Ellen Pompeo, Viola Davis And Kerry Washington Are Just As Badass As Their Characters

WEST HOLLYWOOD, CA - SEPTEMBER 20:  Actresses Kerry Washington, Viola Davis and Ellen Pompeo arrive at the #TGIT Premiere Eve
WEST HOLLYWOOD, CA - SEPTEMBER 20: Actresses Kerry Washington, Viola Davis and Ellen Pompeo arrive at the #TGIT Premiere Event hosted by Twitter at Palihouse Holloway on September 20, 2014 in West Hollywood, California. (Photo by Amanda Edwards/WireImage)

For the few who haven't heard, Shonda Rhimes is pretty damn awesome. She's a screenwriter/director, was named one of TIME's most influential people in 2013 and owns her own production company. And the actresses she employs are not far behind.

On Thursday, Sept. 25, Rhimes' "Grey's Anatomy" and "Scandal" return to TV with her newest show "How To Get Away With Murder," premiering directly after. Thanks to Rhimes and her production company ShondaLand, these shows depict some of the fiercest female characters to ever grace our TV screens.

Viola Davis is finally getting in the spotlight she so deserves, starring as Professor Annalise Keating in "How To Get Away With Murder." Eleven seasons in and Ellen Pompeo is still killing it as the dramatic and smart Meredith Grey on "Grey's Anatomy." And Kerry Washington makes us want to suit up in our gladiator armor for "Scandal's" Olivia Pope.

Both "Grey's Anatomy" and "Scandal" boast two of the most diverse casts on television. Shonda has brought powerful female characters alive on-screen, who somehow manage to feel real amidst a whole lot of crazy.

What's even better is that the women who play these characters are articulate, intelligent and truly understand the influence their roles have on the white-washed, male-dominated television landscape.

As Olivia Pope often says, "It's time to change the narrative" -- and that's exactly what these three actresses are doing.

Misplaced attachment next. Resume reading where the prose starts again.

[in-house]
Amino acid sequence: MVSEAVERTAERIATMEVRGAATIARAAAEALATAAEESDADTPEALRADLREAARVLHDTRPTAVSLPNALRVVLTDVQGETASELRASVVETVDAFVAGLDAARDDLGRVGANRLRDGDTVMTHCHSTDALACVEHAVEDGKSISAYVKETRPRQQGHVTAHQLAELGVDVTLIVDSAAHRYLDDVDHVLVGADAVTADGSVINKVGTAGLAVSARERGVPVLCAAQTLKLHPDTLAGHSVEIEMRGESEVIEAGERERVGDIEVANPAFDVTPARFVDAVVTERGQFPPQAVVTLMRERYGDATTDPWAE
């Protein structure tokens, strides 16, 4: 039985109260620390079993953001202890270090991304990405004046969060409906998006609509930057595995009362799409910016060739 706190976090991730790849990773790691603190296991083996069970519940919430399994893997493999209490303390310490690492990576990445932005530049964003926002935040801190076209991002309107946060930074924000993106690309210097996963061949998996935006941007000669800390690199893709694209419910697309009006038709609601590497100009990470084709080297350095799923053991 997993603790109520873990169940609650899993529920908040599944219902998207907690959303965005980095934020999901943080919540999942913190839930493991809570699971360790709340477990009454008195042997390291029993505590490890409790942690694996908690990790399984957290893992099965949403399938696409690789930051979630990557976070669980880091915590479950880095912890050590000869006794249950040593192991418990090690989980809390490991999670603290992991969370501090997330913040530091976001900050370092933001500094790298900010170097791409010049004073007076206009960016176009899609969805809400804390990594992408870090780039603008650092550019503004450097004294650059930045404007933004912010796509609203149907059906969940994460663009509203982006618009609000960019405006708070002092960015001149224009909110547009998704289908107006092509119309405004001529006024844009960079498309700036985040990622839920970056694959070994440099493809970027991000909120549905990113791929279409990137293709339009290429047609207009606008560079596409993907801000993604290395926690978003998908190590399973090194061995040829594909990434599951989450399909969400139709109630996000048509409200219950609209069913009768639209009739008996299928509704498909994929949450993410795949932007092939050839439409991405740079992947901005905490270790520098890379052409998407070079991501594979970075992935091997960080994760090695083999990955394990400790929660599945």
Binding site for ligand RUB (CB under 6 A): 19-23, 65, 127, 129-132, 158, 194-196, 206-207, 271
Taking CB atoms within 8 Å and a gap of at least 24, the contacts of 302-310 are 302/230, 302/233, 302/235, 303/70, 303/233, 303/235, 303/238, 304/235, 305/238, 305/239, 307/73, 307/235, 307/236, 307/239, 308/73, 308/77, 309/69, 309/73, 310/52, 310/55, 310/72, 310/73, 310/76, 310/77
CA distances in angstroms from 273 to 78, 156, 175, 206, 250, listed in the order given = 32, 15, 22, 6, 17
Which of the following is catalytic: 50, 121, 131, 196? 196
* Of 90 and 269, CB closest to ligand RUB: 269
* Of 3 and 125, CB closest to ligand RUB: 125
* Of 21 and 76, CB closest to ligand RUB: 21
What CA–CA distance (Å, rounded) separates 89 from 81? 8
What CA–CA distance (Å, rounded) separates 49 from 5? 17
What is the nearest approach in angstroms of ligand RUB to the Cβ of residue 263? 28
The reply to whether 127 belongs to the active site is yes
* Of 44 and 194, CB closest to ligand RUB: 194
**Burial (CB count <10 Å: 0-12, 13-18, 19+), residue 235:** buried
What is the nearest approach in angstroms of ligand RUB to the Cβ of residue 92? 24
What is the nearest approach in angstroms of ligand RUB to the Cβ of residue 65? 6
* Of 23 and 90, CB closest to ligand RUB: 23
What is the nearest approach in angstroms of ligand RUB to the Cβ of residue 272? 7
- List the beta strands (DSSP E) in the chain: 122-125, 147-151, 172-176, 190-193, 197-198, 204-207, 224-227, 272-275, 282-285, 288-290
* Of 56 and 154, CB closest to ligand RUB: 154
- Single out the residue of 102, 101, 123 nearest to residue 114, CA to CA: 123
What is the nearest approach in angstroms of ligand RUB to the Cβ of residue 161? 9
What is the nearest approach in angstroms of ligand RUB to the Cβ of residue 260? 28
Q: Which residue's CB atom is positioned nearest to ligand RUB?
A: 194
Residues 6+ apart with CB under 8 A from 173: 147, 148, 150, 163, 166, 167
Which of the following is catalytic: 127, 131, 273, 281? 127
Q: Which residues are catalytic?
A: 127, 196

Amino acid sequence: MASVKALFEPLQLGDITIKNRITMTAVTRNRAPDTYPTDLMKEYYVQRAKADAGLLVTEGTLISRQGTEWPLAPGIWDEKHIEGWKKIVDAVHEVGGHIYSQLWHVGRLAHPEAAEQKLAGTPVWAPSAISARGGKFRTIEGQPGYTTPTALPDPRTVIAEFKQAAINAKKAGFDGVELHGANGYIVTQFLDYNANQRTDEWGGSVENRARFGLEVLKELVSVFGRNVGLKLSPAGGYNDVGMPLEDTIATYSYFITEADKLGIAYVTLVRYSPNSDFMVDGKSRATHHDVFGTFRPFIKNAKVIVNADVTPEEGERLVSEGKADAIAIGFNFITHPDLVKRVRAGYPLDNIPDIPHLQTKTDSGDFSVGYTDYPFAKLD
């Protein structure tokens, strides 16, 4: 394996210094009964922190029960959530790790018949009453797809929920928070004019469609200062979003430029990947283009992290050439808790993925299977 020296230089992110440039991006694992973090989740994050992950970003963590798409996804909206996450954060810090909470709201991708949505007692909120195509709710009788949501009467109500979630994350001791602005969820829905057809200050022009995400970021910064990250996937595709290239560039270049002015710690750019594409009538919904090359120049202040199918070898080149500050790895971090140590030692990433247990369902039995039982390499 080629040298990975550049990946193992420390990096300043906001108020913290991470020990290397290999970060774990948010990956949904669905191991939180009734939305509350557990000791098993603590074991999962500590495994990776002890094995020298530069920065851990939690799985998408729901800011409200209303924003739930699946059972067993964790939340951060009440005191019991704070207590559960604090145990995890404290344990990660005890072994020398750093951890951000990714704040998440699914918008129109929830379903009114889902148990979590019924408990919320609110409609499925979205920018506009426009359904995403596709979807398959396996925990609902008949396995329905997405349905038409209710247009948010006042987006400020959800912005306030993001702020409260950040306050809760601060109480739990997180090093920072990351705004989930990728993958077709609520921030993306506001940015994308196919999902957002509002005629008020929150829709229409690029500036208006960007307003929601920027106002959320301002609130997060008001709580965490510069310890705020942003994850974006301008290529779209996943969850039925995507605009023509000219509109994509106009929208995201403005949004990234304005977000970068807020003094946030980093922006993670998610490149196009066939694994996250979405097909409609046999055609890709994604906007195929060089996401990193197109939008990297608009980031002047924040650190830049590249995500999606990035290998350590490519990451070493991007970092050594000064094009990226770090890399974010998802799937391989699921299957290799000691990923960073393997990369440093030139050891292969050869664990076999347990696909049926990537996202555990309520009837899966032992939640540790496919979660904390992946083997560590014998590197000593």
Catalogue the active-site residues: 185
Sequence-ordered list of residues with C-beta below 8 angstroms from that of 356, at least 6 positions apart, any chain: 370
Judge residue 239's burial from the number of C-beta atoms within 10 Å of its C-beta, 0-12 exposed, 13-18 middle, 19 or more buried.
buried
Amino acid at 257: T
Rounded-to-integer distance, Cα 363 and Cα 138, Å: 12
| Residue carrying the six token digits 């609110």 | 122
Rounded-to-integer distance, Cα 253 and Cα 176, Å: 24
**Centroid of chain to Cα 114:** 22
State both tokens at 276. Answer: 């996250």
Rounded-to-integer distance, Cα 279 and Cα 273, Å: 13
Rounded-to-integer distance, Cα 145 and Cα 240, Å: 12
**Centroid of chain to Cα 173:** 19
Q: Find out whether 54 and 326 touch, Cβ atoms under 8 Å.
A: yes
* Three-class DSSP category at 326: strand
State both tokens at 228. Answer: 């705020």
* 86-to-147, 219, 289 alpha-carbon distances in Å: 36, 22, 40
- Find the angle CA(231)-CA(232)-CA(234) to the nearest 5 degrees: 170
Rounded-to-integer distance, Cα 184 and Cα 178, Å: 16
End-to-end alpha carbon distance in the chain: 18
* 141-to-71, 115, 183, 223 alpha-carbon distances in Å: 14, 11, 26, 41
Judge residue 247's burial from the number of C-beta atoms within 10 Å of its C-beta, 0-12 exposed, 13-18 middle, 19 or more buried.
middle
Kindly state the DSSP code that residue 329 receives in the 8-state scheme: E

To celebrate the start of this year's Shonda night, we've rounded up eight times Ellen Pompeo, Kerry Washington and Viola Davis prove they are just as fierce and inspirational as the characters they play on television.

  • 1. They speak out about domestic violence.
    "Financial abuse leaves invisible bruises that can take decades to heal."-- Kerry Washington in a September 2014 PSA on domestic abuse.
  • 2. They challenge racial stereotypes and urge us to do better.
    "We're in crisis mode as black actresses. Not only in the sheer number of roles that are offered and that are out there, but the quality of the roles." -- Viola Davis on Oprah's OWN, June 2013.
  • 3. They want TV to reflect what we see in real life.

    "Thank god Shonda Rhimes had this agenda to make television look like life, to make it look like the real world." -- Ellen Pompeo in a September 2014 interview with Buzzfeed Brews.
  • 4. They encourage women to be successful.
    "I work for a woman [Shonda Rhimes], who, because of her courage to step into her light, and step up and own her voice, has provided an opportunity for so many other women to soar in front of and behind the camera ... When we step up for ourselves, we create opportunity." -- Kerry Washington in her acceptance speech for the 2014 Women in Film Lucy Award for Excellence in Television.
  • 5. They know when they've earned something -- and they're not afraid to say it.

    "I want to be number one on the call sheet. I feel that I've worked long enough and hard enough that I deserve that." -- Viola Davis in a September 2014 interview with Buzzfeed Brews.
  • 6. They use their influence to advocate for diversity.

    “I’m extremely proud of our very, very diverse cast which represents the world that I walk around in every day.. I didn't see it last night when I watched the Emmys.” -- Ellen Pompeo in a September 2013 interview with the AP.
  • 7. They support a woman's right to choose.
    "[Mitt Romney] said he'd overturn Roe v. Wade." -- Kerry Washington in a 2012 political advertisement urging women to vote.
  • 8. They fight for women of color.

    "What keeps me in the business is hope. And that's the hope that women of color are also a part of the narrative." -- Viola Davis in her honoree speech for ELLE's 2011 Women In Hollywood event.
  • And just to get extra excited for Shonda Thursdays, here's a sneak peek of the three leading ladies teasing their new shows with Shonda Rhimes herself.

We think it's safe to say Thursdays are the new Fridays.



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